Tuesday, September 17, 2019

That WTI Surge In Price? Already Pulling Back? -- September 17, 2019

Failure to communicate: during the "rough days" of the Bakken (2014 - 2016) and early in the boom, it's my recollection that oilprice and other peak oil sites were quick to print any story casting doubt on the Bakken. Last month, North Dakota hit an all-time production record. Quick to report any oil story, no matter how obscure, oilprice completely ignored that story. To date, oilprice has never mentioned it. Now, North Dakota sets an all-time production record for the second consecutive month. And oilprice again completely ignores the story.

Post attack: there are two stories percolating under the surface -- now that WTI is "sort of" back where it started and still way, way below what some thought would happen. The two stories:
  • the numbers don't add up; all this hysteria over 5% of the world's total production?
  • US shale is is the swing producer
LOL: I suggested this tongue-in-cheek (and as a complete joke) that Saudi Arabia orchestrated this whole thing ("false flag"; "make it look like suicide") to move the price of oil. Well, it turns out, some of those commenting elsewhere are actually suggesting that Saudi Arabia was behind this as a "real" possibility. And we move on.

WTI: surges yesterday. Barely reaches $60, and now this a.m. dropping back. See above.

Back to the Bakken

Only one well coming off confidential list today - Tuesday, September 17, 2019: 44 for the month; 176 for the quarter:
35523, conf, Hess, EN-Davenport-156-94-1003H-4,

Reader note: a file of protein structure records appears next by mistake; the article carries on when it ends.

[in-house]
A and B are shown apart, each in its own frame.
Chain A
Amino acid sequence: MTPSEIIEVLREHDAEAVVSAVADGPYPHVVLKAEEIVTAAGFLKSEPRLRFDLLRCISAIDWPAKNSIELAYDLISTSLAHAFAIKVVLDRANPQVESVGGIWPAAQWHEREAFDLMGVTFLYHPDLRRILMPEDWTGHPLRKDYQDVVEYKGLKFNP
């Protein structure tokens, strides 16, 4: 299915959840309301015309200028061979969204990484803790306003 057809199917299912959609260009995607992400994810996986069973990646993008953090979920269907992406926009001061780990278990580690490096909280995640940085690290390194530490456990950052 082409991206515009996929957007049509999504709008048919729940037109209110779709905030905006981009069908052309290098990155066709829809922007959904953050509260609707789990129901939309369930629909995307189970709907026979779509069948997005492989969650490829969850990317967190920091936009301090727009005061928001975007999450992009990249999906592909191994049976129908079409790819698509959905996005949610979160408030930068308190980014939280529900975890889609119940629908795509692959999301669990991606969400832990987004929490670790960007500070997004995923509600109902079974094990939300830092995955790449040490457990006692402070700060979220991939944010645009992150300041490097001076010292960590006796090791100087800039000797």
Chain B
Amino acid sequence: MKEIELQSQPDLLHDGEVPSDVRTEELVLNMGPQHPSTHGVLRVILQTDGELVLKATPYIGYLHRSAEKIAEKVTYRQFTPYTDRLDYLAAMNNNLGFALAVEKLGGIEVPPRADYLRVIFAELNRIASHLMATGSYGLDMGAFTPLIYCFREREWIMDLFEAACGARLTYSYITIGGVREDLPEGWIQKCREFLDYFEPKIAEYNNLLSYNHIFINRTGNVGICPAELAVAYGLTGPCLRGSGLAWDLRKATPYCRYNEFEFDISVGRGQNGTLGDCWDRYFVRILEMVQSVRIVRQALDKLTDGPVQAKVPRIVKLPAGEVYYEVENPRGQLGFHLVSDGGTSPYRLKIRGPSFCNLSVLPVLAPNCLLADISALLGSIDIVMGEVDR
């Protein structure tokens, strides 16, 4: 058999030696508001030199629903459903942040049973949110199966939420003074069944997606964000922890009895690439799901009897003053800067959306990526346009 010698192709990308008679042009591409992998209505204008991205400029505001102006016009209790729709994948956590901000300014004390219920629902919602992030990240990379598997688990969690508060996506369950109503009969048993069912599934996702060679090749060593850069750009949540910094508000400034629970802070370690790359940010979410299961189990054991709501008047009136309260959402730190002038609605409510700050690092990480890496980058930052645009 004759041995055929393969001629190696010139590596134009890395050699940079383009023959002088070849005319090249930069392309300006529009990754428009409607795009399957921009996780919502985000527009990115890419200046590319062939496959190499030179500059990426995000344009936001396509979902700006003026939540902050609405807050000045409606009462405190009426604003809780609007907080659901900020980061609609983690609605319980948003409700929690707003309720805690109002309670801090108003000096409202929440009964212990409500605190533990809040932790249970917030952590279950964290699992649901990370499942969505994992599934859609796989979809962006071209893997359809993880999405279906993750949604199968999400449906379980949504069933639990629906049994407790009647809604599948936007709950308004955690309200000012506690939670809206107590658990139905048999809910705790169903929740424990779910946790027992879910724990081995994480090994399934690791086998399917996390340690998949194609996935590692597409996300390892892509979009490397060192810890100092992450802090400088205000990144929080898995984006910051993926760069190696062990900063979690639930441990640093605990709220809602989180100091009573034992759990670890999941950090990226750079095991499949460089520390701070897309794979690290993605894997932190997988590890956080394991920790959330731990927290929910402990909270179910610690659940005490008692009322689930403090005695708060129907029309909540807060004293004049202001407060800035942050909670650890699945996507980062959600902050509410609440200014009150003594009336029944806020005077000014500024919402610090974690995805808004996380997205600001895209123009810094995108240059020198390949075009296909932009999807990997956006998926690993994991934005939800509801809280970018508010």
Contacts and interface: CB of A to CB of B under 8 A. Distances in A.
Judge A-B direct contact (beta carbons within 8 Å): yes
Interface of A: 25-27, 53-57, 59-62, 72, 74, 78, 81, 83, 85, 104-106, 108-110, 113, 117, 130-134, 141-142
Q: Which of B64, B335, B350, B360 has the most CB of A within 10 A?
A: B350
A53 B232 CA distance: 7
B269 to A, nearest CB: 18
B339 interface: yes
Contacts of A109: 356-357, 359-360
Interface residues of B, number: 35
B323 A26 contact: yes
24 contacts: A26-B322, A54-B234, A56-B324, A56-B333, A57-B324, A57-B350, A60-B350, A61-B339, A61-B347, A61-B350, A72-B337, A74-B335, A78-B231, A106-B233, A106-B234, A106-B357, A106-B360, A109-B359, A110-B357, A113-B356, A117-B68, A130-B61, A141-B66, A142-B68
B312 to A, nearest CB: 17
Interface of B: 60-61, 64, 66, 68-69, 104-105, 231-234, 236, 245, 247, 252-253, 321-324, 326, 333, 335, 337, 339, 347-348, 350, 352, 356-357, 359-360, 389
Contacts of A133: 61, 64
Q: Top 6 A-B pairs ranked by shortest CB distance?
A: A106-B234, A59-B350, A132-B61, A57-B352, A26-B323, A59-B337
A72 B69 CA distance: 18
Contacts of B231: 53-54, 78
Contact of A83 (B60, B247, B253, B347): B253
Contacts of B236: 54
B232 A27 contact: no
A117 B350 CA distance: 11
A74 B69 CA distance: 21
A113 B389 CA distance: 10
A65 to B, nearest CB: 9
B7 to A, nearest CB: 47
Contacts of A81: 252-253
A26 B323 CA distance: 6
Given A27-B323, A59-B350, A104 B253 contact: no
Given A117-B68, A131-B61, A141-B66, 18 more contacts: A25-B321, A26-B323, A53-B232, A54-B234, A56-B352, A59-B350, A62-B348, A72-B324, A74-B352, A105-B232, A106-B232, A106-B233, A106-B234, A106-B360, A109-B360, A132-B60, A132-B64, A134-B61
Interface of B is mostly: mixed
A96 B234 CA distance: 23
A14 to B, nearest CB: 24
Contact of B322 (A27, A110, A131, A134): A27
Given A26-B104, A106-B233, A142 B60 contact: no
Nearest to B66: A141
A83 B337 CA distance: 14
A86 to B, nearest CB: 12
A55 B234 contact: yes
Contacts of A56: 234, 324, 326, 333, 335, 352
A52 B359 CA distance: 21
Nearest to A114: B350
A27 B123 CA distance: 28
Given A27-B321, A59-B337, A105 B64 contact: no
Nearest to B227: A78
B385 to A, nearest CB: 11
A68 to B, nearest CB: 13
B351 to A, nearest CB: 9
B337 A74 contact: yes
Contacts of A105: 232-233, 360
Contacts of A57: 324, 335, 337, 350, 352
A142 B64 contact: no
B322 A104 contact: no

Active rigs:

Active Rigs6266563267

RBN Energy: Low Alerta gas storage is not spooking the AECO winter market, yet.
Alberta natural gas storage, one of the largest regional storage hubs in North America, is experiencing one of its slowest cumulative storage injection rates in years and could be headed to a 13-year low for storage levels by the end of the current injection season. That may seem ominous for the chilly Alberta and Canadian winter heating season, not to mention gas exports to the U.S. So far, though, winter gas forward prices for the Western Canadian gas price benchmark of AECO have registered a relatively modest market response, staying in line with last winter’s average spot price. Today, we take a closer look at the market’s apparent lack of concern over low Alberta gas storage.
Canadian natural gas storage is not often a topic in the RBN blogosphere, but with Alberta — the province with more gas storage capacity than any other — showing remarkably low storage levels for late summer, and the U.S. still a steady gas taker of Western Canadian gas during the winter, the storage deficit there is likely to factor into how the North American gas market balances this winter. Alberta’s gas storage capacity is estimated at 499 Bcf by the Alberta Energy Regulator (AER) and easily dwarfs that of any other province in Canada. The next-closest competitor would be Ontario at 279 Bcf of storage capacity. Among the U.S. states, Alberta’s storage capacity would rank third, behind only Michigan (686 Bcf) and Texas (549 Bcf), based on capacity data compiled by the U.S. Energy Information Administration (EIA). On that basis, it’s safe to say that Alberta is a major player in the North American gas storage business.

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